Melanie Phillips is a New England native and resident of Northfield, Massachusetts. Her work focuses on the shifting light and color of outdoor spaces. She captures this movement through layering color, creating multifaceted, dynamic images of the natural world.
Her work is currently on display at the library. Thank you to all who attended the "Meet the Artist" event held on January 10th.
The Carole Silver Children's Collection Spotlight
The Works of Ingri and Edgar Parin d'Aulaire
Ingri and Edgar Parin d'Aulaire were authors and illustrators of numerous children's books. Active from 1931 to 1976, their work was influential in shaping the Golden Age of Children's Literature (ca. 1950-1999). Their work received the Caldecott medal, the Catholic Library Association Regina Medal, and the Boy's Club award, and was nominated for the National Book Award and the Hans Christian Andersen Award. While many of their joint works remain in print, they are best-known for d'Aulaire's Book of Greek Myths (1962) which remains the most well-respected and definitive children's collection of Ancient Greek Mythology. D'Aulaire's Book of Greek Myths was selected as part of the New York Public Library's 100 Great Children's Books and NPR's 100 Must-Reads for Kids 9-14. This first edition volume retains its original dust jacket and contains original stone lithography illustrations in color and black-and-white. Volumes of D'Aulaire's Norse Gods and Giants (1st ed., 1967) and D'Aulaire's Trolls (3rd ed., 1972) are also part of the Carole Silver Children's Collection. Stop by the library to view all three of these unique volumes.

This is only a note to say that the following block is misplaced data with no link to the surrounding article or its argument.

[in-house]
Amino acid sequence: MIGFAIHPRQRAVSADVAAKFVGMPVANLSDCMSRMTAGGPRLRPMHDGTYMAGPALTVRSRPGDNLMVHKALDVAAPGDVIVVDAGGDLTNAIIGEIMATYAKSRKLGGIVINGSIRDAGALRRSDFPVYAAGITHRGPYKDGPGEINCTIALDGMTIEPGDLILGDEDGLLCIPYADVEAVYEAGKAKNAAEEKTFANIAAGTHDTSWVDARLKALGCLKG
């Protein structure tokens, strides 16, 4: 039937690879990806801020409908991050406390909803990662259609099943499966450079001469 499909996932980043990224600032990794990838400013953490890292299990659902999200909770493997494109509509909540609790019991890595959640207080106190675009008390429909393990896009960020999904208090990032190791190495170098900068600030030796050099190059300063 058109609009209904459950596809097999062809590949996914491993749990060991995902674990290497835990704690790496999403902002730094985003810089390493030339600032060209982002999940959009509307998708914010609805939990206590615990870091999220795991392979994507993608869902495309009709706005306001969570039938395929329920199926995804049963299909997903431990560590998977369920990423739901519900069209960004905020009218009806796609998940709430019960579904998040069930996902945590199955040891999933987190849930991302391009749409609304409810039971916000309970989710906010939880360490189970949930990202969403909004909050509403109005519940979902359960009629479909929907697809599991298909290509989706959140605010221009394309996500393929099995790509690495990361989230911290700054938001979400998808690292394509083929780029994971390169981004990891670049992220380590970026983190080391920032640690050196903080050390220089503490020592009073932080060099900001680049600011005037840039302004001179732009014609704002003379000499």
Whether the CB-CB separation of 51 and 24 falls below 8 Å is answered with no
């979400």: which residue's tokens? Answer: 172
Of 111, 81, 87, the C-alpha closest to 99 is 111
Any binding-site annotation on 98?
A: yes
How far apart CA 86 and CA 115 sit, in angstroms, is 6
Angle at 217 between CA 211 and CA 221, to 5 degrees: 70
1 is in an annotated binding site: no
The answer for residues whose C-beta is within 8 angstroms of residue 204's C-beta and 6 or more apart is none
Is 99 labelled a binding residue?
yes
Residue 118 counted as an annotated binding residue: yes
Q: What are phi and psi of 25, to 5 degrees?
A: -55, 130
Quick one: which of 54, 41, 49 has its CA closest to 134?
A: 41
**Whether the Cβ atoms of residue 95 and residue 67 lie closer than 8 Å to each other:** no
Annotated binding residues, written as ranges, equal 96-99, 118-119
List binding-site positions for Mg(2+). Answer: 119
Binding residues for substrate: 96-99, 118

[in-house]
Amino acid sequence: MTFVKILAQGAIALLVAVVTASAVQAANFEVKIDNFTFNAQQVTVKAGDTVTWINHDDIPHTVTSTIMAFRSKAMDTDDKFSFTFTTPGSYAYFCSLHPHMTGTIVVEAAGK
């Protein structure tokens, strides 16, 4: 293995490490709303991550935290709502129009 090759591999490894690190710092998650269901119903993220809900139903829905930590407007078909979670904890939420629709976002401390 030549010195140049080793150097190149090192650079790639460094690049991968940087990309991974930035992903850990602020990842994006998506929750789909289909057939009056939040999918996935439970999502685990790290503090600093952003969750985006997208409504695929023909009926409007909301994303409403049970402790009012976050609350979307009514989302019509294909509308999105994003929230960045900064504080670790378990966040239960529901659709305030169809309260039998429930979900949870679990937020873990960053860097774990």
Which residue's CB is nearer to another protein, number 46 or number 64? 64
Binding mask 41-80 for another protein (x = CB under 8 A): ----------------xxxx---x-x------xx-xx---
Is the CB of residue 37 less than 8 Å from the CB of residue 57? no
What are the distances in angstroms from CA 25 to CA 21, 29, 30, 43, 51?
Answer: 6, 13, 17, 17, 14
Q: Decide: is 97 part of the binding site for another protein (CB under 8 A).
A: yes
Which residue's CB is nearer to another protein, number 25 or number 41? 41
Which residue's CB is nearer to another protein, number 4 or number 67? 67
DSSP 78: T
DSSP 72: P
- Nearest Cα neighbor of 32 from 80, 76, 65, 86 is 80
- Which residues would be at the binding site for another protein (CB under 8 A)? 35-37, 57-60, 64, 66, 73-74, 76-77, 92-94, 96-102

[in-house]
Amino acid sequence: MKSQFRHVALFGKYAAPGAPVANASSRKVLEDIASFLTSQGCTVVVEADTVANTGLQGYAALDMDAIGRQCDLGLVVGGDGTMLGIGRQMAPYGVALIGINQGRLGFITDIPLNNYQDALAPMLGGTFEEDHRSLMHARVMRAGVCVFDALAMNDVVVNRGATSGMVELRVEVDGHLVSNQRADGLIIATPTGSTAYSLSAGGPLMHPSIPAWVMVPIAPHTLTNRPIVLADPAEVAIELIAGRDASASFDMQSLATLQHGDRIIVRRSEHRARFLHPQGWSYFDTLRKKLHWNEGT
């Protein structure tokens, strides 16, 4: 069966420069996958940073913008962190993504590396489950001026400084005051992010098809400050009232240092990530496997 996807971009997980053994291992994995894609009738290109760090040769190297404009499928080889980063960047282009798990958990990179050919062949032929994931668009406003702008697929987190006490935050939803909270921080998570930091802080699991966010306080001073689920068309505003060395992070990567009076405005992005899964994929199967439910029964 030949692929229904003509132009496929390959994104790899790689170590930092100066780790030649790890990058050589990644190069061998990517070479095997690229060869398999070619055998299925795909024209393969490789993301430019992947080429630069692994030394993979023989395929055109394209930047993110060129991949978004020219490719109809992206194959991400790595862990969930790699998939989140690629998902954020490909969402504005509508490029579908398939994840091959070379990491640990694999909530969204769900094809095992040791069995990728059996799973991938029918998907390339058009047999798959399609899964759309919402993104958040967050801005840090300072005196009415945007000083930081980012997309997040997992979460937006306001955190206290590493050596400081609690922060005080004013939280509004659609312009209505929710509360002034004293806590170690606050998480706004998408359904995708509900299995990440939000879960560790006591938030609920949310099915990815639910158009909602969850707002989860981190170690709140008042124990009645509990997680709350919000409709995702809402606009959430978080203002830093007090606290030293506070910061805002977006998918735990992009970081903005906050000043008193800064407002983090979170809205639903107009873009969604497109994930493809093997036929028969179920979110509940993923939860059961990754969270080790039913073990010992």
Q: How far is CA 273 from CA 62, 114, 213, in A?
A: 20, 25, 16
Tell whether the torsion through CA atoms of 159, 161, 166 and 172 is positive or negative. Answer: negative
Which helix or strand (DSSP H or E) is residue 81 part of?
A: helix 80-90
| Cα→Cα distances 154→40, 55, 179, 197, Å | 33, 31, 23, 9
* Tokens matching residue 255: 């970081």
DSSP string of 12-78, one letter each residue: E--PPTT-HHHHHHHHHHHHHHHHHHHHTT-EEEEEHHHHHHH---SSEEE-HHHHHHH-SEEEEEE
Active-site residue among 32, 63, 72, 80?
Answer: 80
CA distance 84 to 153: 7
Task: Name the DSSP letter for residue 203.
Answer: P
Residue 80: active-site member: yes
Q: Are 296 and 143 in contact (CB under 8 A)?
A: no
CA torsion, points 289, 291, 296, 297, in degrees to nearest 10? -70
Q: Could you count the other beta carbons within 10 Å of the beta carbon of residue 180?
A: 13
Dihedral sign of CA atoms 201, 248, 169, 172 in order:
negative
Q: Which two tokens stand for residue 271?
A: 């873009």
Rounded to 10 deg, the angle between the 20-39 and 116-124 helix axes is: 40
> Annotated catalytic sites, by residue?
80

Historical Collection Events
Winchester in Wartime
Our special exhibit Winchester in Wartime features items from the Library’s historical collection. Artifacts on display date from the War of 1812 to World War II and offer a window into Winchester’s role in the conflicts that have defined our nation.
In addition to the materials on exhibit, a selection of local history books from our catalog are available to check out. The exhibit opened at the Winchester Pickle Festival on September 23, 2023, and will remain on display during the library’s regular hours. Stop by and learn about town history!
Historical Collection Spotlight
Grand Army of the Republic Ribbons ca. 1890